Select Committee on Health Appendices to the Minutes of Evidence


Memorandum by Liz Grice (H 73)

  My name is Liz Grice, and I am a Clinical Psychologist. I qualified in 1993, and I have been working with people with brain injuries since 1994, when I began sessional work at Headway East Dorset as part of my work with Dorset HealthCare Trust. I have also worked with carers, including carers groups both at East Dorset Headway and Headway Southampton. I am currently the Manager of Headway Southampton, which provides day care/rehabilitation and support for those with brain injuries and their carers.

  There are a number of points that I want to raise from my experiences both as a Clinical Psychologist working with brain injury and as the Manager of Headway Southampton.

1.   Older adults

  When brain injured adults reach the age of 65, even though their problems are related to brain injury not ageing, Social Services remove them from their day provision and place them in older adults day centres, which are not appropriate. One of our clients, Mr S, suffered just such a fate, but he and his wife were not happy with this, so he stopped using day provision until they found out about us from neighbouring Headway Winchester.

  We also have a problem when it comes to funding for older adults because older adults day centres cost half of what we do. We have several people over 65 who became brain injured when they were older, one fell from his bicycle and one was run over by a fork lift truck. These people are not suitable for older adults day centres as their problems are related to their brain injuries. In fact, Mr B, the man run over by the fork lift truck, was 75 when he was injured and although he looks well, he is our most difficult client because of the behaviour problems he has as a result of his brain injury.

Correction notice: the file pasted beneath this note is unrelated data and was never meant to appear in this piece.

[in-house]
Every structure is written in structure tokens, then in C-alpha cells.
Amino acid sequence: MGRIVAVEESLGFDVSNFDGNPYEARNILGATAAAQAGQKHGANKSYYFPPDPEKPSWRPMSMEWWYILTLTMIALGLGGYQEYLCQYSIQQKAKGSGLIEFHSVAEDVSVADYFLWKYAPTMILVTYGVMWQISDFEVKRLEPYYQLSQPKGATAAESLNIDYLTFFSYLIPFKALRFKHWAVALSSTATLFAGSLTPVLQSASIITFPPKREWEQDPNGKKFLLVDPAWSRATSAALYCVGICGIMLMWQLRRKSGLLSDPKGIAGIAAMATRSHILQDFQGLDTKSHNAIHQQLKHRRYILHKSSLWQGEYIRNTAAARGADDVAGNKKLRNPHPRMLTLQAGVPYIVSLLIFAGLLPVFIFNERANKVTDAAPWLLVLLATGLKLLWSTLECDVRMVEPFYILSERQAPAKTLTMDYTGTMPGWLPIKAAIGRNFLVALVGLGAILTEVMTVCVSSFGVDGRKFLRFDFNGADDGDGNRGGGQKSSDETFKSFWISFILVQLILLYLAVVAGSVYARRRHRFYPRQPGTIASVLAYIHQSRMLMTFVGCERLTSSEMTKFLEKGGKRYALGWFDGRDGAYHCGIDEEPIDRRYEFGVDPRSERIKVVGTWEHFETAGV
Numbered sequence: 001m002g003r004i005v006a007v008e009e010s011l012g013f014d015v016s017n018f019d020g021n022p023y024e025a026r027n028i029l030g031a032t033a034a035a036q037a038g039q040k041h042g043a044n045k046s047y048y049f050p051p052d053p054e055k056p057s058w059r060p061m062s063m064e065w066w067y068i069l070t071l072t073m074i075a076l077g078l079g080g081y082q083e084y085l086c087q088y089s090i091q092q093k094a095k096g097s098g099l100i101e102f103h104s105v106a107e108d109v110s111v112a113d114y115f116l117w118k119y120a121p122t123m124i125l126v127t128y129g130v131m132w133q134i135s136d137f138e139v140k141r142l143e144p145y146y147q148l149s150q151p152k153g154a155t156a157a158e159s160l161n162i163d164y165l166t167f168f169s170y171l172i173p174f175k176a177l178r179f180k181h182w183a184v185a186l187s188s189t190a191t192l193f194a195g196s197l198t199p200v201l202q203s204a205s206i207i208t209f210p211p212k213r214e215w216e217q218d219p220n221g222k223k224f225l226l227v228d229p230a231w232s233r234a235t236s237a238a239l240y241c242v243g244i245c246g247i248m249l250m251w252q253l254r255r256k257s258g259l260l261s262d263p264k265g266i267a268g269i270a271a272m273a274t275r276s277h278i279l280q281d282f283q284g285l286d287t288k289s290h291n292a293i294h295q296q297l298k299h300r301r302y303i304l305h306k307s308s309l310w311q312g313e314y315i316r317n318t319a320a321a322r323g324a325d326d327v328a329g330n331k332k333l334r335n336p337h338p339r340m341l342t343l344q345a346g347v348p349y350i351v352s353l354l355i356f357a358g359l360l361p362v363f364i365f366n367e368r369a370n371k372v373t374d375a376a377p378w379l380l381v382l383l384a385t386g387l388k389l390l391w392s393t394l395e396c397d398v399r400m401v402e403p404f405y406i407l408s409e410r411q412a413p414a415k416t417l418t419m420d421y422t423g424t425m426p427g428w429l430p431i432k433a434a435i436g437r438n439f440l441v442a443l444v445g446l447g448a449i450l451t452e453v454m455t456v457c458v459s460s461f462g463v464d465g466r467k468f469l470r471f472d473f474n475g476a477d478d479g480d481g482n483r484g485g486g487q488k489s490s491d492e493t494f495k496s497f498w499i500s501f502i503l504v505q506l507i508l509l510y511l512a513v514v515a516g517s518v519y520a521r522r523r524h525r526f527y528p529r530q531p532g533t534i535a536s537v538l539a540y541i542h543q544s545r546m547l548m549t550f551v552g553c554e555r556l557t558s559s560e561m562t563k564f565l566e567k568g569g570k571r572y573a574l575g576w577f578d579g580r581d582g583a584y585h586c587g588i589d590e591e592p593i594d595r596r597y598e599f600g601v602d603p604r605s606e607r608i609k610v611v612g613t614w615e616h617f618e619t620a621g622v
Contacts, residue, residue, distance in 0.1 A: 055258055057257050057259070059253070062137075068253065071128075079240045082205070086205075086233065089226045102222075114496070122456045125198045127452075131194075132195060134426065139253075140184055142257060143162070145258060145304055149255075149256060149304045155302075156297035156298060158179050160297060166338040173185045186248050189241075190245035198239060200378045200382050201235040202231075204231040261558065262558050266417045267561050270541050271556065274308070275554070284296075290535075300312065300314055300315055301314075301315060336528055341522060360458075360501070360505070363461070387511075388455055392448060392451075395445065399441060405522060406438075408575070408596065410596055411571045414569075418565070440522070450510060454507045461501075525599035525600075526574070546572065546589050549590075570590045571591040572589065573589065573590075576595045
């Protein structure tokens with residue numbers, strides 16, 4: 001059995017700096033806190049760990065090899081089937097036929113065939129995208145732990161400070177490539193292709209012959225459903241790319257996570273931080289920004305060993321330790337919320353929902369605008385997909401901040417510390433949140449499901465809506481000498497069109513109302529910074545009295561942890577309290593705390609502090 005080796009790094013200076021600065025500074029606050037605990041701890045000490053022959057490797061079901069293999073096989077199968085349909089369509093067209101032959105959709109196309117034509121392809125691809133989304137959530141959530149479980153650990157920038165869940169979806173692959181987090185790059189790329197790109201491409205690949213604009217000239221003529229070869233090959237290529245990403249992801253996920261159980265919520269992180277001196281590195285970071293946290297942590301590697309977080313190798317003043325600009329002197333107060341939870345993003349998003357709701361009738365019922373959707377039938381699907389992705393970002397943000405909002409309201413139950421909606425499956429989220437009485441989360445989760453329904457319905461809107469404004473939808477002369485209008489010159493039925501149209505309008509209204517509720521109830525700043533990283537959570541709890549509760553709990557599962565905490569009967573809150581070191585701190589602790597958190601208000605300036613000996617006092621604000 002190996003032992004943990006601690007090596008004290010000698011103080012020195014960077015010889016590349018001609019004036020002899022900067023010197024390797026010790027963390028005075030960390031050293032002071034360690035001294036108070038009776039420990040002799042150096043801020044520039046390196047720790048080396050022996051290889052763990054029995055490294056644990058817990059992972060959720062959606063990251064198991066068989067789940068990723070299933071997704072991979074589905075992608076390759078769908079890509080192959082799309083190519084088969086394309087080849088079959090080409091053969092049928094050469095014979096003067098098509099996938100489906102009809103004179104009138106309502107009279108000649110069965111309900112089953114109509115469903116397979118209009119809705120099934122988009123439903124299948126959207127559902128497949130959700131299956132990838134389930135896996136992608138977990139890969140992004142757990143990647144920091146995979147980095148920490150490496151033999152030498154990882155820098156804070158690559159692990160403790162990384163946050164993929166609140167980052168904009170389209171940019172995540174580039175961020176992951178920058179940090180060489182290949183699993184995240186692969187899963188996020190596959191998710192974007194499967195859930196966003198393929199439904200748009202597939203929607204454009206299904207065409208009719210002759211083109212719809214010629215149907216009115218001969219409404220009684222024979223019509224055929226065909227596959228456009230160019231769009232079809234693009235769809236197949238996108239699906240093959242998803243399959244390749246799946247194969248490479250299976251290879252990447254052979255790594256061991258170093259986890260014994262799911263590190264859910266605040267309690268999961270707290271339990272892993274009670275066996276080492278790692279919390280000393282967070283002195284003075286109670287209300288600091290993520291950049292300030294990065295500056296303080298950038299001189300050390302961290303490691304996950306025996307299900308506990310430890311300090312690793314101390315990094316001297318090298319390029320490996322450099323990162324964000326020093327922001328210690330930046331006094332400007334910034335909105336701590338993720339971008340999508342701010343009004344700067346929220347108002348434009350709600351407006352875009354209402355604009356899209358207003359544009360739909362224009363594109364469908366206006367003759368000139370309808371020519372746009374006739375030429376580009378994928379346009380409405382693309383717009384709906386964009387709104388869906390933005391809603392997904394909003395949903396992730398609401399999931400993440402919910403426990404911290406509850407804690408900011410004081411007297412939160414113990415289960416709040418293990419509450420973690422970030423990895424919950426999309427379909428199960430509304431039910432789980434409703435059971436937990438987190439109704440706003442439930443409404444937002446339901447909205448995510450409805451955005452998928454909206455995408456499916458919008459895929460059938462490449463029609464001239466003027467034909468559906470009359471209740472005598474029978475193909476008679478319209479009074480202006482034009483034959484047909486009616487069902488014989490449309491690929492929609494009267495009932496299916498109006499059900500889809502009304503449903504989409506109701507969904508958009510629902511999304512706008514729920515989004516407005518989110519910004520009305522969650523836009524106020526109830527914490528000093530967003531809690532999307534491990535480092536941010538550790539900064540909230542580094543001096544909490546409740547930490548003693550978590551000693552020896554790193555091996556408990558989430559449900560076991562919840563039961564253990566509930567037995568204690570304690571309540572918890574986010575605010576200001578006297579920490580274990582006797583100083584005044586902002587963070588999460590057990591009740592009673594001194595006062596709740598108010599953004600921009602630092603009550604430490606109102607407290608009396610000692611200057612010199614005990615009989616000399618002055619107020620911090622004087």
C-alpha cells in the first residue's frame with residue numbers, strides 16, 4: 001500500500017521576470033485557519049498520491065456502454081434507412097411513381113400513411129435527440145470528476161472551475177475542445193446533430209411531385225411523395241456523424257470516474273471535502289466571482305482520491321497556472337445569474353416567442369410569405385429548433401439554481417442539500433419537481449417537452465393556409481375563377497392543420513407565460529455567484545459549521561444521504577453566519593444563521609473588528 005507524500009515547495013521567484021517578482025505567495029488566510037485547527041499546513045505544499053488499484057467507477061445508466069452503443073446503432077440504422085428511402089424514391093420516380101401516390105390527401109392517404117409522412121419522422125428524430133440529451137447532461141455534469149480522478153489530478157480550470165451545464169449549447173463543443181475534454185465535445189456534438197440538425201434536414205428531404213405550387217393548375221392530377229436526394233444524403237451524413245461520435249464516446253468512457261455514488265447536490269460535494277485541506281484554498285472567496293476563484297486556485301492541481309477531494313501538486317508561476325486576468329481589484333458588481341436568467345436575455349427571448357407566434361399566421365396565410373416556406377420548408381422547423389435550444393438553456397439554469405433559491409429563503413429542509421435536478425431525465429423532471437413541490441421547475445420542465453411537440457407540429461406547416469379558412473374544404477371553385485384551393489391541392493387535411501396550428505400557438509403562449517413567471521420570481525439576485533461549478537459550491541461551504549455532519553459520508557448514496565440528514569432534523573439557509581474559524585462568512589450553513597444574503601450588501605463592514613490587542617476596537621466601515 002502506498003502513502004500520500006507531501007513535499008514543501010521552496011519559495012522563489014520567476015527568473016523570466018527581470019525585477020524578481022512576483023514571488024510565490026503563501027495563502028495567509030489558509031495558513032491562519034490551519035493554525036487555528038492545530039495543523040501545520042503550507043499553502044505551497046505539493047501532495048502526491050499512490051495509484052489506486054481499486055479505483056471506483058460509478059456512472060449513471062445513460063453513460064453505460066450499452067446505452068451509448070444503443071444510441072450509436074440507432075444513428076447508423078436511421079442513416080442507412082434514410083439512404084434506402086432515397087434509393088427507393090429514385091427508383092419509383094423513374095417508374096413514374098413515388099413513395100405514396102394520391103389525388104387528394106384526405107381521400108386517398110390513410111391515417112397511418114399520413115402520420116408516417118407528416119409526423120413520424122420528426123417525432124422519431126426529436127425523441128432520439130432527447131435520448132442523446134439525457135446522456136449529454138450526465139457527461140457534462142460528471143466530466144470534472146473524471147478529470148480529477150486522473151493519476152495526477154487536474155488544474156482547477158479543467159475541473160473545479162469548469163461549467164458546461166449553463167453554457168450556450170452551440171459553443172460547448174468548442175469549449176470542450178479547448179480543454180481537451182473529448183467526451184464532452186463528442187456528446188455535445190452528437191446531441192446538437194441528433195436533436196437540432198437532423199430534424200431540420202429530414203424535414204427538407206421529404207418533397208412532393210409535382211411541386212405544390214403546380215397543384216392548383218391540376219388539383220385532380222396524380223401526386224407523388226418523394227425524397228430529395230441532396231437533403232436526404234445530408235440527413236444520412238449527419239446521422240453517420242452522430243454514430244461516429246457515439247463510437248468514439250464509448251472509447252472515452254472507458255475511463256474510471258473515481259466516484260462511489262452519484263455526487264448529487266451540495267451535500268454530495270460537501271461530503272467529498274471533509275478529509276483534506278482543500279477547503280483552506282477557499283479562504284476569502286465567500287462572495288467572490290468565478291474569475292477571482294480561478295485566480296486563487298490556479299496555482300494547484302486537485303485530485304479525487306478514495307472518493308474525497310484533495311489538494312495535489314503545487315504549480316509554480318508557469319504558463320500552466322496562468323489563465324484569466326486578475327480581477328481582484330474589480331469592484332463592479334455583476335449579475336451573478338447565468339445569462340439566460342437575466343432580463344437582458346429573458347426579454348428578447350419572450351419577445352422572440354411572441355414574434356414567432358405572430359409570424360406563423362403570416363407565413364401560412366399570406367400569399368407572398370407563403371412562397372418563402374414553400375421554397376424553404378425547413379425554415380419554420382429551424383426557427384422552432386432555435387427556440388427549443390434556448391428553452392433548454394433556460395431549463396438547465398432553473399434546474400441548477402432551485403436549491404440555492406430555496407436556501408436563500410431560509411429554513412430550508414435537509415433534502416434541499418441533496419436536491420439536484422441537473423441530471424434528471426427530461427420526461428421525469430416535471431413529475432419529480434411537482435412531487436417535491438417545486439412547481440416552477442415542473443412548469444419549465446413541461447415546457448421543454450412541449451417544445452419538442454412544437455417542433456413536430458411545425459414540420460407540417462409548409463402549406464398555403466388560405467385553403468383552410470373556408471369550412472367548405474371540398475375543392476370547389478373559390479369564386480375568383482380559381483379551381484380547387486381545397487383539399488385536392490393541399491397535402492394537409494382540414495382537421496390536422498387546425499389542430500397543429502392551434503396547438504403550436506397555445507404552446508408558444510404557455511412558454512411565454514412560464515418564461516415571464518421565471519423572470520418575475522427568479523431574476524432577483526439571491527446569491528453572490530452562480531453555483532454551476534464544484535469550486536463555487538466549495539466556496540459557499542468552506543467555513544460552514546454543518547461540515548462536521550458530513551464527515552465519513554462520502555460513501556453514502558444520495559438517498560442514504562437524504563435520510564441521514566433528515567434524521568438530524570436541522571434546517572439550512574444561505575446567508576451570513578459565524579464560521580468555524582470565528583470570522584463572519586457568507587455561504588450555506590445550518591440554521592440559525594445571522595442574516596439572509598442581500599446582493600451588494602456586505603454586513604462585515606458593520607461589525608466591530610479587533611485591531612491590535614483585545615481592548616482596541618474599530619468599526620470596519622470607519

2.   Physical disability services

  Social Services class brain injury in the same category as physical disability. This means that they tend to look towards physical disability day centres for their day provision. Unfortunately, many brain injured people do not have an obvious physical disability and find it distressing to be placed somewhere where some people have many physical problems. Conversely those who are physically disabled but cognitively intact do not understand why these brain injured people behave the way they do. The staff in the physical disability day centres do not feel able to handle some of these brain injured adults because they do not know enough about brain injury or how to handle challenging behaviours. I recently conducted a training session with a local physical disability day centre that they requested because of precisely these problems.

  I have discovered that Social Services managers also do not understand why brain injured people are not best placed in physical disability and do not understand the difference. This was in a discussion about funding with Hampshire Social Services. There is a clear need for brain injury to be a category separate from physical disability.

3.   Social Services charging

  The policy of making a charge to those receiving care from Social Services, depending on their means, is unfortunately not universal when it comes to brain injury. Hampshire have this policy, Southampton City do not. This means that we have people attending the day centre who pay a contribution towards their attendance and some who do not. This is seen as unfair by those who have to pay.

4.   Lack of understanding by professionals